“When Washington reporters ask hard questions, Sean Spicer turns to Skype.”
That was the headline of a front-page article in USA Today last week, capping months of criticism of the White House press secretary.
Spicer is being pilloried for the sin of including reporters outside the clubby White House press corps in daily press briefings—and not just reporters, but the inferior beings known as radio commentators and writers from public advocacy groups.
The criticism has raged since the inauguration, and can be summed up by a Feb. 2 Daily Caller headline, “Journalists FREAK.” (Its caps.)
Here’s a shoutout to Spicer and a personal thank you.
As the director of media relations for the Reagan White House, I had the original mandate of expanding the administration’s outreach beyond Washington, D.C. We benefited from advances in technology—just as Spicer has.
Reagan’s Outreach to Middle America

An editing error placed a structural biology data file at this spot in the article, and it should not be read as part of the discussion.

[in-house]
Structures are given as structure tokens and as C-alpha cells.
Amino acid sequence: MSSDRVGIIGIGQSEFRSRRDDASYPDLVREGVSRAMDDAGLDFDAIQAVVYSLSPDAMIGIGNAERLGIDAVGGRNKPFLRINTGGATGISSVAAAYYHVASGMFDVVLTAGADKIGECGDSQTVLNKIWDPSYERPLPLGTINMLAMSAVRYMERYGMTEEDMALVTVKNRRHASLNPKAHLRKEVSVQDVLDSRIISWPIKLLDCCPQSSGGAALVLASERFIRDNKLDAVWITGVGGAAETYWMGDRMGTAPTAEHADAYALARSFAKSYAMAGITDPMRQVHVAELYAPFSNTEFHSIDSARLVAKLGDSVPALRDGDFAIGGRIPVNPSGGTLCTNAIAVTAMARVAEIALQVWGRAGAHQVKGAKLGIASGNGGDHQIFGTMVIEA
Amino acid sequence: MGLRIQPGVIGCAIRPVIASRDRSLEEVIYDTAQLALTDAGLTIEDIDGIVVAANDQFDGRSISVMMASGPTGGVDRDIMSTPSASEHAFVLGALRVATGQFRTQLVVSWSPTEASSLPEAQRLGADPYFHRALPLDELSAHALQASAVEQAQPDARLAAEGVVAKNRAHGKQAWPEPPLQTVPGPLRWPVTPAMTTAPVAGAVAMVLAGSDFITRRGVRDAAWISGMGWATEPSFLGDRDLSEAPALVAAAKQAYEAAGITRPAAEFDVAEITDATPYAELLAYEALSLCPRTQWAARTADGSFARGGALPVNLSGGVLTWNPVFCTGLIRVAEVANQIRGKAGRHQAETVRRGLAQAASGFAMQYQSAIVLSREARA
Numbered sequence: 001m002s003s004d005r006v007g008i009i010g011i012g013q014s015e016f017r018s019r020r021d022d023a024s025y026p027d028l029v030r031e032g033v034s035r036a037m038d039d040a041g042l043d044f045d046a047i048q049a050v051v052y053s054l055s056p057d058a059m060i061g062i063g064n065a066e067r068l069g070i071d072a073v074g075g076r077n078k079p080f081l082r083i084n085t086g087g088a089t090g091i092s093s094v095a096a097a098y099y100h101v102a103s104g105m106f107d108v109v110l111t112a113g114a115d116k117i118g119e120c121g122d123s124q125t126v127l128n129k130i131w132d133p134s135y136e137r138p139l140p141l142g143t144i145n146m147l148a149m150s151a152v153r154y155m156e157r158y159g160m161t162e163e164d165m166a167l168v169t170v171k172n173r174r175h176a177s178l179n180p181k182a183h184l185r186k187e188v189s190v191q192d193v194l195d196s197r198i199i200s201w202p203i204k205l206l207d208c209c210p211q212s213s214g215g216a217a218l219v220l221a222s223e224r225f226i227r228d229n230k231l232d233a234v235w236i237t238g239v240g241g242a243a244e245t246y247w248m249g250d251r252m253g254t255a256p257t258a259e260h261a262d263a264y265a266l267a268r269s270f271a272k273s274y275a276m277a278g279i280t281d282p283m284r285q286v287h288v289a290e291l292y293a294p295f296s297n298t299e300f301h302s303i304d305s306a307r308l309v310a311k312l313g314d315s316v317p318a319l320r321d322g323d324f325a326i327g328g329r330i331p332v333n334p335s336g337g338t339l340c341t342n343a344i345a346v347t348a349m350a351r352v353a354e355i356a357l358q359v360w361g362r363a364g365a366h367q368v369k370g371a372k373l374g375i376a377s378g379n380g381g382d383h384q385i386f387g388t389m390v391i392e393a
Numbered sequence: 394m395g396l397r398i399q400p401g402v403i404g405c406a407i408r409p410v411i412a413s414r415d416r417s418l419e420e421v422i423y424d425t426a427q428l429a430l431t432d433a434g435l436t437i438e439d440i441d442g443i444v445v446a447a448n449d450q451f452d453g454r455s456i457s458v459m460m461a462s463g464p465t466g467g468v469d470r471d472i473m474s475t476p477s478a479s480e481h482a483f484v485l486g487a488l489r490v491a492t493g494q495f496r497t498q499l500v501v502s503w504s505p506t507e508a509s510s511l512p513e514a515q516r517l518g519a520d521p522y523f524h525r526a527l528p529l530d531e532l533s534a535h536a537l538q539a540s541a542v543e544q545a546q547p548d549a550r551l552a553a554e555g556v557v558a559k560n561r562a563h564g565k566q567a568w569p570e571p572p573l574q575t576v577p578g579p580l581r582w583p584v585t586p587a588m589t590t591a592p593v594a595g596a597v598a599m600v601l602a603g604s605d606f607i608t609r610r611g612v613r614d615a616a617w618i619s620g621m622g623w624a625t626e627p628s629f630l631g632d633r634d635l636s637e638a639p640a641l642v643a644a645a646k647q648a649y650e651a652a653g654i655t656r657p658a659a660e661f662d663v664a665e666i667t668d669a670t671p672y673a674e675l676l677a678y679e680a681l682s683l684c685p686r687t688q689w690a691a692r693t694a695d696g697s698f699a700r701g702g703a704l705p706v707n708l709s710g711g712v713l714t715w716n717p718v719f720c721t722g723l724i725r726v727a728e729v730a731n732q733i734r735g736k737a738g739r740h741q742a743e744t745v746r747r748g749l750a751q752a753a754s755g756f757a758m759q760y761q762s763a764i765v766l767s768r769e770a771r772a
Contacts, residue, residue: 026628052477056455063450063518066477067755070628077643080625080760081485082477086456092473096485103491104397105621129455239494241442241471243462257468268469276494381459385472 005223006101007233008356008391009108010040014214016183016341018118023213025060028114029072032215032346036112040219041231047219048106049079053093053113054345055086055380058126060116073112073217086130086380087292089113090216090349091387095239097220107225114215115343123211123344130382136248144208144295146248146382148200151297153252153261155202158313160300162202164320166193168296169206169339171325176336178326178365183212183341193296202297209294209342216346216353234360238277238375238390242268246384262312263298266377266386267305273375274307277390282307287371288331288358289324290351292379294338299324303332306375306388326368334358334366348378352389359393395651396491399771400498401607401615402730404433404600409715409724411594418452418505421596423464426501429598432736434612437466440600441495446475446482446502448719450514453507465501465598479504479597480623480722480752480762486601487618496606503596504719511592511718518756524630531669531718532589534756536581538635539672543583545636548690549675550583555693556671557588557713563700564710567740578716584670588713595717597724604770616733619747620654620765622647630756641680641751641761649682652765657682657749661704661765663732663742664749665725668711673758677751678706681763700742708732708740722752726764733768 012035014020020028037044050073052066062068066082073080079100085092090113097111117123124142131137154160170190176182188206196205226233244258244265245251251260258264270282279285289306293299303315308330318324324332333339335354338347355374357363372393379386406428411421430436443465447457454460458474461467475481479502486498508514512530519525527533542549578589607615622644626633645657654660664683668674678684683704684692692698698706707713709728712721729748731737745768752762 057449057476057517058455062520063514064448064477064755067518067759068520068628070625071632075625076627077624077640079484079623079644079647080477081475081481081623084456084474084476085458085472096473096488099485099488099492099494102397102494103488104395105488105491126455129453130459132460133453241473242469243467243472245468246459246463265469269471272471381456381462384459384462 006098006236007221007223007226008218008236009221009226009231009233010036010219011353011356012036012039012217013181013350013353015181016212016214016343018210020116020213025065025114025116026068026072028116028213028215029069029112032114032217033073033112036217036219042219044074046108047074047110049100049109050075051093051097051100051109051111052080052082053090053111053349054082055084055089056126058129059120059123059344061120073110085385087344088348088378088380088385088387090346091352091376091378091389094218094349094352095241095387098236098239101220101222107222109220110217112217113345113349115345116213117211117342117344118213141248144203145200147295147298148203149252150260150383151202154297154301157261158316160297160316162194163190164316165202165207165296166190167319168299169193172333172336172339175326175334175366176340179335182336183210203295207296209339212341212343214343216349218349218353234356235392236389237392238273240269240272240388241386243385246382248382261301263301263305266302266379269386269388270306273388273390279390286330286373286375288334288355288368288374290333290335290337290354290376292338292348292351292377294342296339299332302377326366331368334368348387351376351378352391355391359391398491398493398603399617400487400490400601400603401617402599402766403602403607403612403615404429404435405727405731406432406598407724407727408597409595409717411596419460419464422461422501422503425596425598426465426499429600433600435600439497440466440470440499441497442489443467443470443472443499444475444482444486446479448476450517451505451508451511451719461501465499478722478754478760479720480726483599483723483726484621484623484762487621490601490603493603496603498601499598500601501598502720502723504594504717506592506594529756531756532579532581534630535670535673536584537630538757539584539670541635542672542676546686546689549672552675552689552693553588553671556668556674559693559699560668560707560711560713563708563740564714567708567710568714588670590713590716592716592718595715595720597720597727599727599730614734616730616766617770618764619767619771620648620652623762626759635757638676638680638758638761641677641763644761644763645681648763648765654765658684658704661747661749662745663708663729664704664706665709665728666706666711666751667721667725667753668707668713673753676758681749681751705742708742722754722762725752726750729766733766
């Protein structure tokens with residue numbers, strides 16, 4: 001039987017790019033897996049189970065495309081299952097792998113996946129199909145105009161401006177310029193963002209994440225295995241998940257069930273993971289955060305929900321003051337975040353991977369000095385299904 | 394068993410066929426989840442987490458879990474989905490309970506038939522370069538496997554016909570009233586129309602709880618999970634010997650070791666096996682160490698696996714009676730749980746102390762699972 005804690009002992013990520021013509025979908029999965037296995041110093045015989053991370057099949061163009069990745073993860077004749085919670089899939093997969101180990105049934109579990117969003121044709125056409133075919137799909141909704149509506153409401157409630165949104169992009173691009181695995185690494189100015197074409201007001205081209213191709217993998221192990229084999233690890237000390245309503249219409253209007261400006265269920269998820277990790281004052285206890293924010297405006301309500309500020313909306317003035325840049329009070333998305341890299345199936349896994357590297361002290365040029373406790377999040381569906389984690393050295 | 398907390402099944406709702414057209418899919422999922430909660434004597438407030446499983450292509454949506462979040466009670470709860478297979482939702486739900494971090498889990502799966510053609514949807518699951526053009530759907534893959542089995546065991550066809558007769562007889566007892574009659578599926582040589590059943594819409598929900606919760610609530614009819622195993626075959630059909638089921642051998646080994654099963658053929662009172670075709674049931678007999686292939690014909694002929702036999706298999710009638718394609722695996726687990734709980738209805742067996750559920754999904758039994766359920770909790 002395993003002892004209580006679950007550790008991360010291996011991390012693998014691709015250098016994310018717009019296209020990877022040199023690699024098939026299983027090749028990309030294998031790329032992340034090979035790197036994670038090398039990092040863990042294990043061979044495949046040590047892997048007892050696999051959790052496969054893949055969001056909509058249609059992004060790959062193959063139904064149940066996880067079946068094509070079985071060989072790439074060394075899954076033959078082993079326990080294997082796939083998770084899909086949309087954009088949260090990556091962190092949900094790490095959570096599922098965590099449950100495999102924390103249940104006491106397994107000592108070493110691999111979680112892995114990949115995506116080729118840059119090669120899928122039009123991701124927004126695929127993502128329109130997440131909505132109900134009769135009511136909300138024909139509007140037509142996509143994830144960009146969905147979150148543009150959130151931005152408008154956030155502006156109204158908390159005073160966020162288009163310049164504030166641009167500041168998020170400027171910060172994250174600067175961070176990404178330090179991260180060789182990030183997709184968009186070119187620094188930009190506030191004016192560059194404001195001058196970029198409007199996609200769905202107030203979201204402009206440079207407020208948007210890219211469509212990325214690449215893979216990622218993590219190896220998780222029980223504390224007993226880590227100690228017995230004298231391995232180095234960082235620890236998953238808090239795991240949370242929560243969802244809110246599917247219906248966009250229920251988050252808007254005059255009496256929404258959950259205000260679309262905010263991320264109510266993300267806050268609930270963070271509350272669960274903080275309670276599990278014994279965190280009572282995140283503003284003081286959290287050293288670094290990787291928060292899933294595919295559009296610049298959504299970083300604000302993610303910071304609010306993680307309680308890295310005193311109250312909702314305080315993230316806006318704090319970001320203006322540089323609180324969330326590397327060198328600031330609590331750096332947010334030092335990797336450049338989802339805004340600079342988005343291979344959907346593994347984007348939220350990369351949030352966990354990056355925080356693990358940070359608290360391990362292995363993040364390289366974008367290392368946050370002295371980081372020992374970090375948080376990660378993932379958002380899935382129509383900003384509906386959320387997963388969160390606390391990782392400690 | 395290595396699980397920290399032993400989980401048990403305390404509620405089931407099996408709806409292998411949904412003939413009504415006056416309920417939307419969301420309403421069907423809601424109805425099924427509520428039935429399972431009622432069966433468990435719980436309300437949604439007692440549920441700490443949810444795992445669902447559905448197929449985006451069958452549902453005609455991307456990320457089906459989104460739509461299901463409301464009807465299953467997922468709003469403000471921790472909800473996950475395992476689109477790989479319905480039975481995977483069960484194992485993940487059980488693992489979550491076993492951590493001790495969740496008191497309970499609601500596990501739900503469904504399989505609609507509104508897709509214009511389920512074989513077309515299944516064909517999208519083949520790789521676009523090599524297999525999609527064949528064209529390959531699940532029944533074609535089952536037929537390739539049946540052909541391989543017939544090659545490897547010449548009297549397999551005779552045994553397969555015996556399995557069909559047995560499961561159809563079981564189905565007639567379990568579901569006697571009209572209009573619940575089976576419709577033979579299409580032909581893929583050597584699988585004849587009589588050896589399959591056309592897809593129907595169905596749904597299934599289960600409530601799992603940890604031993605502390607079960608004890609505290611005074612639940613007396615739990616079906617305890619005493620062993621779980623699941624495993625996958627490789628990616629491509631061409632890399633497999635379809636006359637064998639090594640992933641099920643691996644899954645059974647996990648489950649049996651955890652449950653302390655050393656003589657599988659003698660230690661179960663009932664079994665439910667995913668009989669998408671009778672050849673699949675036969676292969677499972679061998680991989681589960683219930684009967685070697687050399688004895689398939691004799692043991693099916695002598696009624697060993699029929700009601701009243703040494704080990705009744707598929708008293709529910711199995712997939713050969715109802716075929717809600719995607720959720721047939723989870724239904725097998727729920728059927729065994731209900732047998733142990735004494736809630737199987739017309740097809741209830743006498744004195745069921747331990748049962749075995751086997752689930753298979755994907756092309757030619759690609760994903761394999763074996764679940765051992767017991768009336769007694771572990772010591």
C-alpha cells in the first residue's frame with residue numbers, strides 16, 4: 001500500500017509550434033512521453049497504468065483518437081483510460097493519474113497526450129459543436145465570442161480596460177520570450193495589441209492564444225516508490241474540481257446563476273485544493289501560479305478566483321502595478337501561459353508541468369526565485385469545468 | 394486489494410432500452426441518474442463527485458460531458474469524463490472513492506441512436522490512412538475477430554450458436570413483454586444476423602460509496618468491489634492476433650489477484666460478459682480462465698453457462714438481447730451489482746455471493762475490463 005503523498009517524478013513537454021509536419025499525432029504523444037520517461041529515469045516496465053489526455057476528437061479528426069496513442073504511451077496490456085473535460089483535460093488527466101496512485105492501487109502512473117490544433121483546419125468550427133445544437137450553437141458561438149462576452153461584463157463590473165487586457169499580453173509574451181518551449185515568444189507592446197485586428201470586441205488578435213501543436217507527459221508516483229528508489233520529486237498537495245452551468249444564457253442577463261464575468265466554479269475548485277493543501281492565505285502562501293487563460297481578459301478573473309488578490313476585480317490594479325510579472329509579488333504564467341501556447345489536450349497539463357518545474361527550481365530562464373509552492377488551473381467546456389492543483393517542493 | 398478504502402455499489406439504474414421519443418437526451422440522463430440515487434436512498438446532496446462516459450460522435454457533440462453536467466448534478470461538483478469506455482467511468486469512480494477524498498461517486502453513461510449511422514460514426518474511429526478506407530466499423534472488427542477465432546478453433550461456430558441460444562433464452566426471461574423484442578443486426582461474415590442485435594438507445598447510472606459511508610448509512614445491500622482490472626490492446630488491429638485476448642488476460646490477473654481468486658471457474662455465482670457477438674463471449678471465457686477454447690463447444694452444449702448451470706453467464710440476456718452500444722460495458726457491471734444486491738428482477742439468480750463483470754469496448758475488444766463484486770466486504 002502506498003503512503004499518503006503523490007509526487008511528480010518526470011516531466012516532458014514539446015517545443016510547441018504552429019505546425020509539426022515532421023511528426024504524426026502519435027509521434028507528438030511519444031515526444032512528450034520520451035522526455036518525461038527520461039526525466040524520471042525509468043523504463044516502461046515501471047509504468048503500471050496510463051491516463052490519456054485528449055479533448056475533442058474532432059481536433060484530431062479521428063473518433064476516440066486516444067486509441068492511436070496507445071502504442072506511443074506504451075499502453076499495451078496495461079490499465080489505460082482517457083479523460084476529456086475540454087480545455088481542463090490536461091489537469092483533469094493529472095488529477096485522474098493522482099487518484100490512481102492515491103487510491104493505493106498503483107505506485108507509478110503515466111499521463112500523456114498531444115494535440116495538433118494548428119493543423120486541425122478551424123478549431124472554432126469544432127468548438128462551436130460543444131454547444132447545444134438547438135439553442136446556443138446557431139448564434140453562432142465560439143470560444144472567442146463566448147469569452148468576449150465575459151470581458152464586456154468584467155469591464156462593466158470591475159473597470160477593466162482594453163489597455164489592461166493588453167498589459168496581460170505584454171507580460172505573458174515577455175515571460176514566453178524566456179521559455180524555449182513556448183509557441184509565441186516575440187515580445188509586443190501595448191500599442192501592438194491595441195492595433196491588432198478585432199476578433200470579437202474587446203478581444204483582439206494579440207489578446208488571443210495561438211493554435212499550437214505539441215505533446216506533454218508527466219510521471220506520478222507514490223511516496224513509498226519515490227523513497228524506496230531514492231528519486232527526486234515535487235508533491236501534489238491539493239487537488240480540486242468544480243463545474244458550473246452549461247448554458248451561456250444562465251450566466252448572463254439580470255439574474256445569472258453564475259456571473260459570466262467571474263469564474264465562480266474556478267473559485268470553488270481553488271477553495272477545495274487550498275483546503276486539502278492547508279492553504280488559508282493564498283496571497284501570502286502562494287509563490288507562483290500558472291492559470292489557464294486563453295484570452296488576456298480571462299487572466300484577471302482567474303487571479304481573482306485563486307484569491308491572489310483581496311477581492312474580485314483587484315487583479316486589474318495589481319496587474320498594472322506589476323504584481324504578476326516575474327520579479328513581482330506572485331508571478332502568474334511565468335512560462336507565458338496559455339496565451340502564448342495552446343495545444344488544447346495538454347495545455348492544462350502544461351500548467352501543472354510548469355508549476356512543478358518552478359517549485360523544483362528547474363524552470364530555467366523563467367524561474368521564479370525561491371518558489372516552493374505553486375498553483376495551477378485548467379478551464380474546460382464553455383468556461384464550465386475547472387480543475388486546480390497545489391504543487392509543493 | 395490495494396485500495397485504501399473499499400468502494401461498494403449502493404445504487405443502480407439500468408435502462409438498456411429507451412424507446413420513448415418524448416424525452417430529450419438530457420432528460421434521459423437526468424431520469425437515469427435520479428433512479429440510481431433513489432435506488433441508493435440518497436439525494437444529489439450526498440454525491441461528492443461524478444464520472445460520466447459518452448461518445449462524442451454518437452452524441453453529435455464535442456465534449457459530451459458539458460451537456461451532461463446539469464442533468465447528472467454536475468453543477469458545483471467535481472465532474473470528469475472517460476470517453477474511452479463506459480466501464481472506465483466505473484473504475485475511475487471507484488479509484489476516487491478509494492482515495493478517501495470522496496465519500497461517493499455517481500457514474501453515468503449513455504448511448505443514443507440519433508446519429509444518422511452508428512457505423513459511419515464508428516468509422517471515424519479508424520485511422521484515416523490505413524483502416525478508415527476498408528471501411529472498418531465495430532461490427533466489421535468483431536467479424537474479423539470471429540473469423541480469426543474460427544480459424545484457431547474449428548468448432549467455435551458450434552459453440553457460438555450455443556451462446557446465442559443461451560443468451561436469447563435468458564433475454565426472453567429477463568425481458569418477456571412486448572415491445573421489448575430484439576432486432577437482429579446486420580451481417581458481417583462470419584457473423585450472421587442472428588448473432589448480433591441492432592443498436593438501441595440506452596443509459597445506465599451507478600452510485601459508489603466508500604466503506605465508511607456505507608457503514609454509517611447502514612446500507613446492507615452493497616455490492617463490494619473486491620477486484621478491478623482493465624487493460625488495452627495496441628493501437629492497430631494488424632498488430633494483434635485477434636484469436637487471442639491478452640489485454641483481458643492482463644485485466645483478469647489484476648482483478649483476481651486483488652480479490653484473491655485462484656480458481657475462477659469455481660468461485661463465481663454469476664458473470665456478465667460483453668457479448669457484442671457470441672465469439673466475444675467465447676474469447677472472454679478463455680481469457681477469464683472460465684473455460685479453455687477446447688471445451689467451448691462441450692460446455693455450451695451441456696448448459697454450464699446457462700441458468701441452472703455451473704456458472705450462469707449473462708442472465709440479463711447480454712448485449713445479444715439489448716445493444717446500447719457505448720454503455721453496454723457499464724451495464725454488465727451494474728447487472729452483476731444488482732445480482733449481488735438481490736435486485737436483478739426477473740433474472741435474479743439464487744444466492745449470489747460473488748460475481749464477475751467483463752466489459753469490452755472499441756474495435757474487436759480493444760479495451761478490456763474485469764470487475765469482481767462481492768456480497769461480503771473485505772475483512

In the early 1980s, the White House mailed out several press releases a day to about 3,000 members of the media around the country and handled the credentialing of reporters coming to White House events.
Mailing press releases about daily announcements resulted in no coverage, but significant expense.
We ditched the mailed press releases and started the electronic White House News service. ITT Dialcom had just started a service to make information (well, text) available to anyone who had an account, a phone, a monitor, and a dial-up system.
For the younger generation, this required putting the phone in two rubber cups, dialing into the system, and opening the folder titled “White House News.” With this new service, anyone could get everything that was available to the press corps.